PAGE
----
Read Local: Olivia Ngai on Publishing and How Bloggers Are Changing the Book World

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New York City might be home to the big houses, but this scrappy city just happens to be the epicenter of publishing on the Best Coast. Join Alexis Coe every Wednesday for Read Local, a series on books produced in the Bay Area.

Recent college graduates are struggling to enter just about every field, but book publishing is notoriously elitist, and has one of the highest attrition rates. As a reviewer, I often communicate with interns about logistics, but never before have I noticed the same intern's name pop up at totally different houses. Readers, meet the intrepid Olivia Ngai, an intern at both the publishing arm of City Lights and the lesser-known Zest, producer of books for teens.

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What was your major in college, and when did you graduate?

I graduated last year in May with a degree in English.

Had you always planned on working in publishing after graduation? 

I think I always knew that books were in my future, but getting into publishing never occurred to me until my last two years of college when I was a staff reader on a student-run publication. I had to read more than 100 short stories and evaluate them for publication, but I never knew what came after deciding which stories to publish.

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Are these internships paid?

The internships are not paid.

How are you surviving?

I'm lucky to have my parents financially support me for now until I find a paid job.

Did you intern in order to try on publishing and see if it fits, or was it just a necessity of the labor market?

I took the internships to see if I would like publishing while also gaining work experience. Before I graduated, everyone in my major was having anxiety about what comes after college. It was weird because though I felt like there weren't many options for me, I also felt like the English major is so broad and extends to a wide range of career choices. People usually think English majors graduate to become teachers and writers, but part of what my internships have taught me is that there are actually many more jobs than just those two professions.

How do the actual internships match your expectations?

I entered my internships with no expectations, mainly because I didn't know what to expect. Aside from having little knowledge and information about the industry, I didn't know if I would even like the publishing world. I knew I liked reading books, and I just wanted to learn how stories can go from being thoughts in a person's head to books selling off shelves in stores. Being involved in the process of book publishing has opened my eyes to just how much collaborative work goes into producing one book. The learning curve has been very steep for me in that there's a lot to learn in just a little bit of time.

Are there day-to-day realities of publishing that surprised you?

I can't really say what I'm surprised about because I had no idea what publishing even entailed. So in a sense, everything is surprising and yet not a surprise. One thing I didn't realize is how important even the smallest details are. For example, I never really noticed the different sizes of books as a consumer, but when I was proofing sales sheets, the inconsistencies in trim sizes were a huge deal. When I think about the actual production of the book, then of course trim sizes are really important. But when I buy books in bookstores, I never think about how the size of the book affects my decision to pick it up and buy it.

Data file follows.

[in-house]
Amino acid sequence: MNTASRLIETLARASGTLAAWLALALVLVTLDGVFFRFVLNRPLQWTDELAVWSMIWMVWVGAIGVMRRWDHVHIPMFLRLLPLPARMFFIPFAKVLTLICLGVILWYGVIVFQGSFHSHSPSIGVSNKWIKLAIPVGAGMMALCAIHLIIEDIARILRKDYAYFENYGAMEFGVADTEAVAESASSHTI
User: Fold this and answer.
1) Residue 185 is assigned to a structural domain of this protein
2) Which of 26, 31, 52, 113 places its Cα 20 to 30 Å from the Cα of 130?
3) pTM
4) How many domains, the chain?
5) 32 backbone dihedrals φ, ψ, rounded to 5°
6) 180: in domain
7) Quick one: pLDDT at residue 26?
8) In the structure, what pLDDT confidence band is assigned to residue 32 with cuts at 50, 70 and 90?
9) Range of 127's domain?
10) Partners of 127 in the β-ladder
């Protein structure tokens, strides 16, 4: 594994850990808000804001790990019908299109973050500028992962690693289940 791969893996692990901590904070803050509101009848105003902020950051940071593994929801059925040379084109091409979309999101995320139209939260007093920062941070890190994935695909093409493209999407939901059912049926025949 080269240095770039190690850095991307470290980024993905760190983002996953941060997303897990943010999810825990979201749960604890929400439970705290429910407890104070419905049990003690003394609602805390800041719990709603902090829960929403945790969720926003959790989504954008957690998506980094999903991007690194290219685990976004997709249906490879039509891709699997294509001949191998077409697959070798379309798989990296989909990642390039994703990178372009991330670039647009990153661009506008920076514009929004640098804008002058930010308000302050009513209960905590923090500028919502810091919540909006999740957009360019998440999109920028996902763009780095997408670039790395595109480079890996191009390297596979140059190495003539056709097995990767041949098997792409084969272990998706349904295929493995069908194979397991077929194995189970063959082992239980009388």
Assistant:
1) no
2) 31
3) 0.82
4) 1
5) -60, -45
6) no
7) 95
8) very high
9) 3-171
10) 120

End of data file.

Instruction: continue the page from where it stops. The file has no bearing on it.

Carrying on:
Another thing that also surprised me is how much bloggers are making a difference in the book world. I help publicize books as part of my internship, and aside from reaching out to radio, TV, newspaper, and magazine outlets, I also contact bloggers. I don't think bloggers even existed 20 years ago, and now they have huge followings on the Internet. And I love reading blogs too, so I can see how effective their thoughts on books can be to their readers.

What do you like best about your job?

The best part of my internships is getting new projects and responsibilities. There's so much to learn!

People envision interns filing papers and doing other odd jobs. Describe some of those "new projects and responsibilities."

I have done data entry, mailing, research, and light accounting that most internships usually require, but I've also edited blog posts and podcasts, evaluated and submitted book proposals for publication, and directly corresponded with reviewers and bloggers. I've written press releases and web content, proofread manuscripts and books, and contributed suggestions on some projects.

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Looking back, what have you worked on that is most meaningful to you, the kind of book or project you readily call upon when someone asks you about your work?

One of my favorite projects is proofreading manuscripts. That's like work wrapped in fun for me. It also feels like a secret project the world doesn't get to see yet while I help get it ready. But I like writing press releases and web content too, because writing requires using my brain in a creative way.

As the description of this column notes, New York City is home to the big publishing houses. Do you see yourself moving to the East Coast, or are you committed to staying in San Francisco?

I'm so connected to my roots that I don't think I can move. But that would be a wonderful dream because there are so many opportunities in New York.

What are your favorite books, past or present?

My favorite books are The Little Prince, The Catcher in the Rye, The Phantom Tollbooth, and anything by Roald Dahl. My English classes have also taught me to love Paradise Lost and Frankenstein.


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